Inter- and Intra-Individual Variability in Non-Linguistic Attention in Aphasia

Villard, Sarah and Kiran, Swathi (2014) Inter- and Intra-Individual Variability in Non-Linguistic Attention in Aphasia. [Clinical Aphasiology Paper]

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The cognitive skill of attention has previously been found to be impaired in persons with aphasia (PWA) relative to control participants (e.g., Murray, 2012). However, no study to date has examined the degree to which attention fluctuates from day to day in PWA, despite the fact that other neurologically impaired populations, such as Alzheimer’s and Parkinson’s patients, have been found to exhibit a greater degree of day-to-day variability in attention than controls (Burton, Strauss, Hultsch, Moll, & Hunter, 2006). We suggest that day-to-day intra-individual variability (DTD-IIV) in attention is an important area of investigation in aphasia, and furthermore that inter-individual differences in DTD-IIV in attention may be critical in reliably predicting treatment outcomes. The expectation that an individual will improve her skills over time as a function of treatment is based on the assumption that she is able to pay attention consistently during each session. If an individual is in fact able to attend consistently each day, this assumption is fair; however, if her attention fluctuates from day to day, it seems unlikely that she will show rapid or steady improvement. With this in mind, the goal of this study was to systematically assess five types of non-linguistic attention in both PWA and control participants, using a novel computerized task and repeated sampling design. Analyses examined reaction times as well as DTD-IIV.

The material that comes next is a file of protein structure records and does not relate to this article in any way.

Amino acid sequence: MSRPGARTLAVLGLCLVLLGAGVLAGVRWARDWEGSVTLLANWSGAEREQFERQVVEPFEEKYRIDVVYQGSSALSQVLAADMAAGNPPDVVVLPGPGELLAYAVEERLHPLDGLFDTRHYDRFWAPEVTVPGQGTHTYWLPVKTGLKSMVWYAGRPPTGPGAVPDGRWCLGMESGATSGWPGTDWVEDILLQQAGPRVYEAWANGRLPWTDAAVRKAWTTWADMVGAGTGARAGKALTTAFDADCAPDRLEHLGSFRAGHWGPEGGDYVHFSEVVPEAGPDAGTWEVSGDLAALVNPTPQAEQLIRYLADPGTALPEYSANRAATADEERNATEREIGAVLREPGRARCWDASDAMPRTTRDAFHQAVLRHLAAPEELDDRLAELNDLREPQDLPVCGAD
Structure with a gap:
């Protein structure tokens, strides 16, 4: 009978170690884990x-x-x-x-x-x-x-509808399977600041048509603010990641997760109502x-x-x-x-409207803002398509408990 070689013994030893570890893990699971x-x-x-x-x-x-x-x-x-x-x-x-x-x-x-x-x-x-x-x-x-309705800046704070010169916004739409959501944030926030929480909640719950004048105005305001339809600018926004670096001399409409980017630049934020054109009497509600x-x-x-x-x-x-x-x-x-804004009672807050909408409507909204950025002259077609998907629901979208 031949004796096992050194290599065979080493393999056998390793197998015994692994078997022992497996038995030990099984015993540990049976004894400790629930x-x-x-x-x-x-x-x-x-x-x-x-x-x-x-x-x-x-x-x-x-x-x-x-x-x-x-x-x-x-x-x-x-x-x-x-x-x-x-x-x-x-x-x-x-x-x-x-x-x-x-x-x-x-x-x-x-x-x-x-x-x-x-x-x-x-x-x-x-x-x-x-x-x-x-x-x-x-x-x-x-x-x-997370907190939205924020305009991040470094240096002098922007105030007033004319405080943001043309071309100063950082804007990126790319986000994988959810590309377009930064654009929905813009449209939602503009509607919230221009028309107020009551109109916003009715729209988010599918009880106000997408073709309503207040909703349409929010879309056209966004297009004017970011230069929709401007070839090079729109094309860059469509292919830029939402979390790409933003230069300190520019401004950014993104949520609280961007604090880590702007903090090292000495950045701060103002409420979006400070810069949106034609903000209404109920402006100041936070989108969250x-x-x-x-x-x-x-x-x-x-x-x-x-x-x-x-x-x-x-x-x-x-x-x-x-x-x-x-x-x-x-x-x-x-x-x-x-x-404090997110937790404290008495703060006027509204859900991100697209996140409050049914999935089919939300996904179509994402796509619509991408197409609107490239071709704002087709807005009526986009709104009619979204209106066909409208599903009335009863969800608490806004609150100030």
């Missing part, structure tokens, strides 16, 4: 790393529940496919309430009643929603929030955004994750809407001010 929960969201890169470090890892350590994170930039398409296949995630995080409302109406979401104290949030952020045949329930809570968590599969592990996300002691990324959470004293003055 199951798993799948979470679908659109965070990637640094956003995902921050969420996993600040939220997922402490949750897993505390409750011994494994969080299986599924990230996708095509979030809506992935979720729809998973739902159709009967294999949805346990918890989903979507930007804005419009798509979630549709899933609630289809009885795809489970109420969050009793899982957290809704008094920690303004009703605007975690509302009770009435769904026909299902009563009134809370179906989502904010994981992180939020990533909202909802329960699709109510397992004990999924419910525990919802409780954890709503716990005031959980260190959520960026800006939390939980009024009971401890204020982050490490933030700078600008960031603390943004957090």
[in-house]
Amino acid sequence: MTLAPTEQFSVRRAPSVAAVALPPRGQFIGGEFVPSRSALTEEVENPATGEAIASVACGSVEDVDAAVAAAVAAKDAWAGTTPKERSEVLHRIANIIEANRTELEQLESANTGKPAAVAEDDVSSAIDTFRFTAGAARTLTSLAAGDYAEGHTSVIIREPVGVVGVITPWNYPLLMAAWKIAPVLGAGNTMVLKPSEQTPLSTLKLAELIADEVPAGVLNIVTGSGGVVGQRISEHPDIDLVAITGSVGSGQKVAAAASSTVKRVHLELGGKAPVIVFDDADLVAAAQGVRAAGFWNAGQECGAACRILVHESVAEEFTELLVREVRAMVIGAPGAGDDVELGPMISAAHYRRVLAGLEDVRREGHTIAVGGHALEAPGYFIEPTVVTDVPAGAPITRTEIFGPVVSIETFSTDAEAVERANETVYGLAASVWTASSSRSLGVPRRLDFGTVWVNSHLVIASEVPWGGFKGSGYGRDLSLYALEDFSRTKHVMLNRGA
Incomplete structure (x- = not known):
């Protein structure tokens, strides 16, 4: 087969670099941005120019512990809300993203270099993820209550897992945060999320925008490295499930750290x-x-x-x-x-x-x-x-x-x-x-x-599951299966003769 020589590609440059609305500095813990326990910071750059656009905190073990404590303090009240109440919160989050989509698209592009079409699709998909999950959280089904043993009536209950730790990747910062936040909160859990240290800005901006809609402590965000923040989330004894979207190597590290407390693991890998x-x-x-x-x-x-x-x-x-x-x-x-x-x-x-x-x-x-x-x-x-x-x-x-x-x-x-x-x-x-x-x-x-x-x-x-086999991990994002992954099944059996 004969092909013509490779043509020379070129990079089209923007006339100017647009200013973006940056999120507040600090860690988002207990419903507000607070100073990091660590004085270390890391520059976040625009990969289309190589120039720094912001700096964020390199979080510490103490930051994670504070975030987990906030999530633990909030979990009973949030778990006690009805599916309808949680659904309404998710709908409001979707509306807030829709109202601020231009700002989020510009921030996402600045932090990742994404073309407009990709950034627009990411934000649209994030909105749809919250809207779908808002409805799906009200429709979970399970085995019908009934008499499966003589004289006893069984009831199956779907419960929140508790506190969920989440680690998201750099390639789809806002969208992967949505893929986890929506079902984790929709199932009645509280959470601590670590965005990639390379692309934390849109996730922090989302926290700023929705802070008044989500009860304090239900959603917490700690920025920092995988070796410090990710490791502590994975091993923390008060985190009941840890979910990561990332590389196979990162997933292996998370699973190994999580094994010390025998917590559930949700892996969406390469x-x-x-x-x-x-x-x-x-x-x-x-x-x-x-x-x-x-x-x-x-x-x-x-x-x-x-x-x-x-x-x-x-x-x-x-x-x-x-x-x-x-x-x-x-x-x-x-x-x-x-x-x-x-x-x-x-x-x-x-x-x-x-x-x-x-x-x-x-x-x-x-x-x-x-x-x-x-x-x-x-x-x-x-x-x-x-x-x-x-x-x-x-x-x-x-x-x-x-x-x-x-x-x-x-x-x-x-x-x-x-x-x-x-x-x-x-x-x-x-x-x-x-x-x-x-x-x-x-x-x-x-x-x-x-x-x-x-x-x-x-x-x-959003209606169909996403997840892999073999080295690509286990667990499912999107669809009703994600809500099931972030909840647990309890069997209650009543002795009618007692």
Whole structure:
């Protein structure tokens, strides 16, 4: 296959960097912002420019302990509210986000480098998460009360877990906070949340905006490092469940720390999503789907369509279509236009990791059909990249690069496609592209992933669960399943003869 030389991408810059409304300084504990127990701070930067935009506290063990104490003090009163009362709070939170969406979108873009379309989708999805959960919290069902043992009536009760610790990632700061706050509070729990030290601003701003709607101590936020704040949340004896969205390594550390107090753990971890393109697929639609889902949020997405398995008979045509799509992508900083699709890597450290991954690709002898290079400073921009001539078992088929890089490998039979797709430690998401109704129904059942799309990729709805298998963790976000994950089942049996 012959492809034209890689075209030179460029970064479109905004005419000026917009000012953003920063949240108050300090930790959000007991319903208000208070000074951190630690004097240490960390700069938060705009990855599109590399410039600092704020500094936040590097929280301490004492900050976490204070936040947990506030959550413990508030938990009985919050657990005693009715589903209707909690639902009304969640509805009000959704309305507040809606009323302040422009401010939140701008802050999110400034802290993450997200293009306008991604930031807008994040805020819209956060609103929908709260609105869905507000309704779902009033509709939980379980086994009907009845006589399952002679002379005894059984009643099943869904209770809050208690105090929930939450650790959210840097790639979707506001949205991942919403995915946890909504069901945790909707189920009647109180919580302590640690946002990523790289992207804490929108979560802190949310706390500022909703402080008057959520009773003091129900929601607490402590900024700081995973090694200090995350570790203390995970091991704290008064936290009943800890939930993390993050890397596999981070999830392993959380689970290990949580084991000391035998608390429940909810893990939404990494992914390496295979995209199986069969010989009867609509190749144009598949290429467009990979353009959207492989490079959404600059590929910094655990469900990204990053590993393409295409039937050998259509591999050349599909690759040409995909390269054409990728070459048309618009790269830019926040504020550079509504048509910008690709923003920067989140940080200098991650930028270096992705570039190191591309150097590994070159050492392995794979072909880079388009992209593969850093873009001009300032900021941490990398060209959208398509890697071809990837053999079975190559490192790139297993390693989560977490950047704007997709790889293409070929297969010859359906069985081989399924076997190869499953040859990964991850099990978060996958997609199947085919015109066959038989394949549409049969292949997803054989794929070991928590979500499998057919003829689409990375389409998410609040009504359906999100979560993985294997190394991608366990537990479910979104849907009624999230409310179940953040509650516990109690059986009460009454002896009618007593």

Item Type: Clinical Aphasiology Paper
Depositing User: Leo Johnson
Date Deposited: 17 Jun 2015
Last Modified: 31 Oct 2016 15:13
Conference: Clinical Aphasiology Conference > Clinical Aphasiology Conference (2014 : 44th : St. Simons Island, GA : May 27-June 1, 2014

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